The Very Beginning

So you want to get started developing JSP applications. FIGURE 1-1 shows what is perhaps the simplest JSP application one could write. CODE EXAMPLE 1-1 and CODE EXAMPLE 1-2 list its code.

Duke Says Hello
The Duke Banner (dukebanner.html)


<table border="0" width="400" cellspacing="0" 

<td height="150" width="150"> &nbsp; </td>
<td width="250"> &nbsp; </td>

<td width="150"> &nbsp; </td>
<td align="right" width="250">

        <img src="duke.waving.gif"> </td>


The JSP Page (helloworld.jsp)

<%@ page info="a hello world example" %>

<head><title>Hello, World</title></head>
<body bgcolor="#ffffff" background="background.gif">

<%@ include file="dukebanner.html" %>

<td width=150> &nbsp; </td>
<td width=250 align=right> <h1>Hello, World!</h1> </td>


The Page Directive

The page directive is a JSP tag that you will use in almost every JSP source file you write. In helloworld.jsp, it's the line that looks like this:

<%@ page info="a hello world example" %>

The page directive gives instructions to the JSP engine that apply to the entire JSP source file. In this example, page specifies an informative comment that will become part of the compiled JSP file. In other cases, page might specify the scripting language used in the JSP source file, packages the source file would import, or the error page called if an error or exception occurs.

You can use the page directive anywhere in the JSP file, but it's good coding style to place it at the top of the file. Because it's a JSP tag, you can even place it before the opening <html> tag.

The Include Directive

The include directive inserts the contents of another file in the main JSP file, where the directive is located. It's useful for including copyright information, scripting language files, or anything you might want to reuse in other applications. In this example, the included file is an HTML table that creates a graphic banner.

You can see the content of the included file by viewing the page source of the main JSP file while you are running Hello, World. The included file does not contain <html> or <body> tags, because these tags would conflict with the same tags in the calling JSP file.

A Note About the JSP Tags

As you use the examples in this chapter, remember that the JSP tags are case sensitive. If, for example, you type <jsp:usebean> instead of <jsp:useBean>, your tag will not be recognized, and the JSP 1.0 reference implementation will throw an exception. Some of the attributes on the tags take class names, package names, pathnames or other case-sensitive values as well.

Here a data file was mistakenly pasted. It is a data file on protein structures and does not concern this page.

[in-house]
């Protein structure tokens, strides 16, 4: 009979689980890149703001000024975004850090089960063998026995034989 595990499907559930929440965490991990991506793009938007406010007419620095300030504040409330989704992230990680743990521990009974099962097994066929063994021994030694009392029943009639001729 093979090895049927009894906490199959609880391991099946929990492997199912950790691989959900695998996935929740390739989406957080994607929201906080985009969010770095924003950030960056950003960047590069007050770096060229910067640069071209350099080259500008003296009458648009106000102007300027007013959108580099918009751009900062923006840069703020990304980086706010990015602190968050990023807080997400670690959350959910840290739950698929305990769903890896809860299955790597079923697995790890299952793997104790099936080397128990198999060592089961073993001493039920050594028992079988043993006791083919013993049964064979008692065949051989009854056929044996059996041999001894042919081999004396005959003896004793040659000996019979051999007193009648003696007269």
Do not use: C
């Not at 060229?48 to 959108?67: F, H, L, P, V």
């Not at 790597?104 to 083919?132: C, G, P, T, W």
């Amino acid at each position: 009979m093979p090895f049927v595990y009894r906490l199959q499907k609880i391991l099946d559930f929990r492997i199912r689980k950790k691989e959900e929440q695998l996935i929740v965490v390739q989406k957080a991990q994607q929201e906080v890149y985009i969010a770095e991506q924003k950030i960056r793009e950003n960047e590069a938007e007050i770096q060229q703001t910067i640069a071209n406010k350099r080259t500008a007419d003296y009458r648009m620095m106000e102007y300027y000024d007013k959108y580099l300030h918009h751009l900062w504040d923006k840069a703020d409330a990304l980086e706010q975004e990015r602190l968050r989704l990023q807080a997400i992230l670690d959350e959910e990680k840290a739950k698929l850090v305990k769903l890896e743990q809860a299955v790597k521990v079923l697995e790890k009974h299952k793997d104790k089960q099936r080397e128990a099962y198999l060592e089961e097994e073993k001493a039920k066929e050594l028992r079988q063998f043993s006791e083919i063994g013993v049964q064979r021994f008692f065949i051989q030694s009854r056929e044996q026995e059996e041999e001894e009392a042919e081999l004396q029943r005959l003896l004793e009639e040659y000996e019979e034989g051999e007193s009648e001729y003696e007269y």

If you have any doubts about the correct spelling or syntax of any JSP tag, see the JavaServer Pages Syntax Card.

How To Run the Example

The instructions given here use a UNIX-style pathname. If you are working on Windows, use the same pathname with the proper separator.



Create the directory (or folder) ../jswdk-1.0/examples/jsp/tutorial/helloworld.


Place the following files in the ../tutorial/hello directory (or folder): background.gif, duke.waving.gif, dukebanner.html, and helloworld.jsp.


From the command line, start the Sun JSP reference implementation:
cd ../jswdk-1.0


Open a Web browser and go to

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Oracle is reviewing the Sun product roadmap and will provide guidance to customers in accordance with Oracle's standard product communication policies. Any resulting features and timing of release of such features as determined by Oracle's review of roadmaps, are at the sole discretion of Oracle. All product roadmap information, whether communicated by Sun Microsystems or by Oracle, does not represent a commitment to deliver any material, code, or functionality, and should not be relied upon in making purchasing decisions. It is intended for information purposes only, and may not be incorporated into any contract.

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